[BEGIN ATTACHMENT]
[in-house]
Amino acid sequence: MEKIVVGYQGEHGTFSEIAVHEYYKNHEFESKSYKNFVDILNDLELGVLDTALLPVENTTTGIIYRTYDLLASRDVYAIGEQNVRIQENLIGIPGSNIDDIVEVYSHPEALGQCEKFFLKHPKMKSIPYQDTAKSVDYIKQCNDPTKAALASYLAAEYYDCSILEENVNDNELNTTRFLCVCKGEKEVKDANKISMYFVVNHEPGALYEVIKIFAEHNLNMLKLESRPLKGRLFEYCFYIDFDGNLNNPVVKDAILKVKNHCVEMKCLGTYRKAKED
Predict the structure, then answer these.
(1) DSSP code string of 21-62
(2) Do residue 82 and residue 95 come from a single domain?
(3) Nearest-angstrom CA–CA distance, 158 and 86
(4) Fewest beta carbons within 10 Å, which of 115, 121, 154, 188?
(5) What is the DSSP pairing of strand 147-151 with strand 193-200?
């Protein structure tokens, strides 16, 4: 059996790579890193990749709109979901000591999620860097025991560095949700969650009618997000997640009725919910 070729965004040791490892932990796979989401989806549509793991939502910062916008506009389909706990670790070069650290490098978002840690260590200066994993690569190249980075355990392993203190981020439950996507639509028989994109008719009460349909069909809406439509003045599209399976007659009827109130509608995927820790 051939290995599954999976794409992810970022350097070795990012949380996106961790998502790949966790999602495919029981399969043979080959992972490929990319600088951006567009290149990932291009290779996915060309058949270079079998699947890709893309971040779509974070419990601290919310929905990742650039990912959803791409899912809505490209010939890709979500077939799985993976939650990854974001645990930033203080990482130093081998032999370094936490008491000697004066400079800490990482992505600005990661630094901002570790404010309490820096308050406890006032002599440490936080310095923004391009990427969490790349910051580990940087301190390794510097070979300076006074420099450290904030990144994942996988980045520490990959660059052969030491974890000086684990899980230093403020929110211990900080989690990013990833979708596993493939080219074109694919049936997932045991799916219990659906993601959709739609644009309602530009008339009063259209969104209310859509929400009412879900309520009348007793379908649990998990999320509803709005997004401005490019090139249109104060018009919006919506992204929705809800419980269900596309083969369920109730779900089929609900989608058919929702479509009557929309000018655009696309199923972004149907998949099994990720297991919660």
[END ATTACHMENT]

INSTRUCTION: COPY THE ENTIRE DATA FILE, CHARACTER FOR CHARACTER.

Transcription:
[in-house]
Amino acid sequence: MEKIVVGYQGEHGTFSEIAVHEYYKNHEFESKSYKNFVDILNDLELGVLDTALLPVENTTTGIIYRTYDLLASRDVYAIGEQNVRIQENLIGIPGSNIDDIVEVYSHPEALGQCEKFFLKHPKMKSIPYQDTAKSVDYIKQCNDPTKAALASYLAAEYYDCSILEENVNDNELNTTRFLCVCKGEKEVKDANKISMYFVVNHEPGALYEVIKIFAEHNLNMLKLESRPLKGRLFEYCFYIDFDGNLNNPVVKDAILKVKNHCVEMKCLGTYRKAKED
Predict the structure, then answer these.
(1) DSSP code string of 21-62
(2) Do residue 82 and residue 95 come from a single domain?
(3) Nearest-angstrom CA–CA distance, 158 and 86
(4) Fewest beta carbons within 10 Å, which of 115, 121, 154, 188?
(5) What is the DSSP pairing of strand 147-151 with strand 193-200?
């Protein structure tokens, strides 16, 4: 059996790579890193990749709109979901000591999620860097025991560095949700969650009618997000997640009725919910 070729965004040791490892932990796979989401989806549509793991939502910062916008506009389909706990670790070069650290490098978002840690260590200066994993690569190249980075355990392993203190981020439950996507639509028989994109008719009460349909069909809406439509003045599209399976007659009827109130509608995927820790 051939290995599954999976794409992810970022350097070795990012949380996106961790998502790949966790999602495919029981399969043979080959992972490929990319600088951006567009290149990932291009290779996915060309058949270079079998699947890709893309971040779509974070419990601290919310929905990742650039990912959803791409899912809505490209010939890709979500077939799985993976939650990854974001645990930033203080990482130093081998032999370094936490008491000697004066400079800490990482992505600005990661630094901002570790404010309490820096308050406890006032002599440490936080310095923004391009990427969490790349910051580990940087301190390794510097070979300076006074420099450290904030990144994942996988980045520490990959660059052969030491974890000086684990899980230093403020929110211990900080989690990013990833979708596993493939080219074109694919049936997932045991799916219990659906993601959709739609644009309602530009008339009063259209969104209310859509929400009412879900309520009348007793379908649990998990999320509803709005997004401005490019090139249109104060018009919006919506992204929705809800419980269900596309083969369920109730779900089929609900989608058919929702479509009557929309000018655009696309199923972004149907998949099994990720297991919660």